Ward One Coun. Brian McHattie’s attempt to have the City drop its lawsuit against the Federal Government over the Red Hill Expressway harkens back to a highly polarized time in Hamilton history, in which he played a role. No project in modern times has occasioned as much passion as the construction of the freeway through the Red Hill Valley. To paraphrase the City’s case, it argues that staff of Fisheries and Oceans and Environment Canada housed at the Canada Centre for Inland Waters in Burlington conspired to halt the project by subjecting it to a federal environmental assessment process that would be adjudicated by persons likely to be opposed to the highway. The federal employees were further accused of working behind the scenes with local expressway opponents to develop justification to trigger the review under the Canadian Environmental Assessment Act.
One of those early opponents was Brian McHattie, who according to federal documents, met in 1997 with Environment and Fisheries bureaucrats, along with prominent expressway foes Don McLean and Joe Minor. The purpose of the meeting was to find a way of triggering a CEAA review of the project. All of this was happening at the same time as the then Region was collaborating with the same ministry officials on a less-rigorous environmental “scoping” of the project. Two of the federal officials with whom the region was dealing were themselves members of McHattie’s Hamilton Naturalist Club—a fact that concerned at least one of their supervisors. The citizen opponents were encouraged to develop a “knowledge base” of facts and figures to be used as ammunition to derail the project. According to court documents, one employee of EC who was also a member of the Bay Area Restoration Council went as far as to commission McLean to co-author a report on the social, economic and environmental effects to the Red Hill Expressway. According to the City’s submission the terms of reference for the study were so grossly biased against the road that the employee’s supervisor caused them to be redrafted.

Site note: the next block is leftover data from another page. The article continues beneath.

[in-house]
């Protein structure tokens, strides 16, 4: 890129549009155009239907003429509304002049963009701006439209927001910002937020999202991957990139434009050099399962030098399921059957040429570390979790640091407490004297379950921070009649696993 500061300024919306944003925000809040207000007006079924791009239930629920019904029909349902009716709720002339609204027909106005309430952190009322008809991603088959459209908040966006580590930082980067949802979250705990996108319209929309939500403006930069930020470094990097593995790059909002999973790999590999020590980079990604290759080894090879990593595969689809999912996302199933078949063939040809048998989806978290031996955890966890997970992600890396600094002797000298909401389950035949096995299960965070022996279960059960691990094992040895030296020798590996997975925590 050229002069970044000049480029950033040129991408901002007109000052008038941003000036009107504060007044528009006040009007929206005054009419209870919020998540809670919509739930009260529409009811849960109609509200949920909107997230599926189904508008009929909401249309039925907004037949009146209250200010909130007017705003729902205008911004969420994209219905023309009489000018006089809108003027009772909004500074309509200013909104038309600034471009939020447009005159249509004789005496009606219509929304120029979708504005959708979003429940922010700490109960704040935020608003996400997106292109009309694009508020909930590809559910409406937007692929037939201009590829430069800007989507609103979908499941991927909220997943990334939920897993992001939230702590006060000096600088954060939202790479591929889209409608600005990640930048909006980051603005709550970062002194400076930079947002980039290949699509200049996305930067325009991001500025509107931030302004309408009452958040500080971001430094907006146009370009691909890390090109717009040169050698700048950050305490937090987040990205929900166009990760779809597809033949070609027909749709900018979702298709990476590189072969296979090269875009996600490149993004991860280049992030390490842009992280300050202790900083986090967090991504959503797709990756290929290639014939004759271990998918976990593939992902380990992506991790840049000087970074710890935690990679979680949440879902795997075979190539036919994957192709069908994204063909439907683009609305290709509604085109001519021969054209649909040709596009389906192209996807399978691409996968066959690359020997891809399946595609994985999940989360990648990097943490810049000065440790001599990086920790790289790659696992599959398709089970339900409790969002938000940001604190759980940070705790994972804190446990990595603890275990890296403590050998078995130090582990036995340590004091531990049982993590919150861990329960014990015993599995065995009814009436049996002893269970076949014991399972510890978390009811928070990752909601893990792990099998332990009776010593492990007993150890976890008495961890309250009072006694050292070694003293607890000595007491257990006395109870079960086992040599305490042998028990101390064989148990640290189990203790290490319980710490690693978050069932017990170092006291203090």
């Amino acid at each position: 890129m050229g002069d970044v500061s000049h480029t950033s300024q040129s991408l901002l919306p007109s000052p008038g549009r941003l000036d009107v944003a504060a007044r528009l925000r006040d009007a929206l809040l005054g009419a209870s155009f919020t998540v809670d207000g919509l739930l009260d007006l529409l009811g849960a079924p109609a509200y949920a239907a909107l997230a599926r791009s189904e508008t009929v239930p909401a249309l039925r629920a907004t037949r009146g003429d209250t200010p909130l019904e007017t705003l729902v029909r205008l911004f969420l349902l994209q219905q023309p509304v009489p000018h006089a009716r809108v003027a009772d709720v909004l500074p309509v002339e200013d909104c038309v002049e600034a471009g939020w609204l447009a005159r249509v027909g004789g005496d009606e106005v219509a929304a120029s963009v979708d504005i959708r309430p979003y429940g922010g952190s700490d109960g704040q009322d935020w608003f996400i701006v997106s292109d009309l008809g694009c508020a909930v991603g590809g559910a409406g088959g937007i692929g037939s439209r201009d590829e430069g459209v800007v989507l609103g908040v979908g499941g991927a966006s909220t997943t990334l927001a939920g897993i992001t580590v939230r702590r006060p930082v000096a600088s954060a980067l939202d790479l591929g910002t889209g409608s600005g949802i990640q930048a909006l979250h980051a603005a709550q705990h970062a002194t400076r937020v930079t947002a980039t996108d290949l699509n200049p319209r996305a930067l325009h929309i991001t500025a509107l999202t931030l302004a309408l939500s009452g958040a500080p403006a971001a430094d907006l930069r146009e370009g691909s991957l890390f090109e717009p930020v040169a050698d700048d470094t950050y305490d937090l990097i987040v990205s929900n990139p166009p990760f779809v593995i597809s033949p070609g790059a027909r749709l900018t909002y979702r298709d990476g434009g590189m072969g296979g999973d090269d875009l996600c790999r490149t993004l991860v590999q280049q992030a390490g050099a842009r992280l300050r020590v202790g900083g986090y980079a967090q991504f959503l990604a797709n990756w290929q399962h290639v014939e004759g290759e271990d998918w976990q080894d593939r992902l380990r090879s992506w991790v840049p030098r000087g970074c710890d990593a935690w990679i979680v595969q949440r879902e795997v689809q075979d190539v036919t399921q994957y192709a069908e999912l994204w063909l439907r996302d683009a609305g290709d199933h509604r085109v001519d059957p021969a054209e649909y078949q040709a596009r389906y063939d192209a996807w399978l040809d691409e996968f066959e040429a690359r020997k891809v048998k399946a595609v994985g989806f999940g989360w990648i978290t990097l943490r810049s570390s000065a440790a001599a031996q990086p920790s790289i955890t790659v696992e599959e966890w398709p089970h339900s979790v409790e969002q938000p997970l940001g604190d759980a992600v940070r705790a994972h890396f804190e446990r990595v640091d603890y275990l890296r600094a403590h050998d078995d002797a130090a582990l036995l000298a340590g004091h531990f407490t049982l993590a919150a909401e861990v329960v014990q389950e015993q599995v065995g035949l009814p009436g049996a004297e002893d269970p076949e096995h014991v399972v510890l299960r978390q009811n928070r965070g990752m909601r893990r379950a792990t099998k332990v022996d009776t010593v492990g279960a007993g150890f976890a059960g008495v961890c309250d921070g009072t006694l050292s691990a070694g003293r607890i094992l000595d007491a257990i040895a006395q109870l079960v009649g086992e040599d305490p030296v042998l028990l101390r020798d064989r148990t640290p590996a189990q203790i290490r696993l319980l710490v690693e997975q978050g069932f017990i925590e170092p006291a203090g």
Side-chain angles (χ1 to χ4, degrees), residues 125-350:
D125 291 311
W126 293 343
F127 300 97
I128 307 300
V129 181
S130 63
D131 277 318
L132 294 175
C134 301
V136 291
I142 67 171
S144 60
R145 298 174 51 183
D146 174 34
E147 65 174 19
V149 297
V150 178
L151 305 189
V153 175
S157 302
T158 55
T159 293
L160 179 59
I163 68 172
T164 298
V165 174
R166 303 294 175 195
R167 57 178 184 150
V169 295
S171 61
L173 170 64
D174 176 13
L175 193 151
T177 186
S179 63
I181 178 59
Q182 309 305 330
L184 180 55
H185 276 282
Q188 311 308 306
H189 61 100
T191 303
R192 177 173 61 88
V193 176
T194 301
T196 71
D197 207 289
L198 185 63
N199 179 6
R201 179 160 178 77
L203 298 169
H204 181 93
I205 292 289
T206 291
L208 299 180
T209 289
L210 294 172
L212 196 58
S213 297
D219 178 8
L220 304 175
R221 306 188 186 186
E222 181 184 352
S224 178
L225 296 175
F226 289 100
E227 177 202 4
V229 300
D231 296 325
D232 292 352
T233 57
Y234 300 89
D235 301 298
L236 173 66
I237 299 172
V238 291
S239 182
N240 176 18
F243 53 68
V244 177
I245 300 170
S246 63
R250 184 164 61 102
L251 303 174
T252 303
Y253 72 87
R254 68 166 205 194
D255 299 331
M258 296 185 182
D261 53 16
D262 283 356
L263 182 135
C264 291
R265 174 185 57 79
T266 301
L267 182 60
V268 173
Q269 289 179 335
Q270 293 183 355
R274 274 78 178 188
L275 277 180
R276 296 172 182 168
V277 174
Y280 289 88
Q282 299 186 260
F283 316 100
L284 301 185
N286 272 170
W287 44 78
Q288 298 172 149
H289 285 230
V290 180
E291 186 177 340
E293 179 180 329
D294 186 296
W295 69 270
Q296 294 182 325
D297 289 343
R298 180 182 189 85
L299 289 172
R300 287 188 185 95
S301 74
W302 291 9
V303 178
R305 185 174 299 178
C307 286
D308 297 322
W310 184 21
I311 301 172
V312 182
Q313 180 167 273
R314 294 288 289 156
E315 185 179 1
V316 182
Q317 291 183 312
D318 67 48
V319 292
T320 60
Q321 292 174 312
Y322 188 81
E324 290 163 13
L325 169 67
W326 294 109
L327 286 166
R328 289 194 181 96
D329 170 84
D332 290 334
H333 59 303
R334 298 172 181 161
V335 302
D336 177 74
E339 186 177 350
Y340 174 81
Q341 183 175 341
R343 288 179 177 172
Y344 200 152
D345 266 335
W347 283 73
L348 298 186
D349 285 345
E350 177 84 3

When the decision to trigger the CEAA review was made the same local federal employees vetted the three panelists who would conduct the review—one of whom had been a former academic advisor to McLean for a thesis he wrote. The Region at that point, fearing a biased process, refused to participate in the CEAA review and launched the lawsuit. The courts later ruled that it had been wrong to try to block the project through the CEAA process. The provincial NDP government was replaced by the Harris Tories and funding for the project was restored. Council has voted on more than one occasion to keep the lawsuit alive, but a decade after the fact and with legal costs somewhere in the $2 Million range, even some expressway supporters are urging a resolution or winddown of the litigation.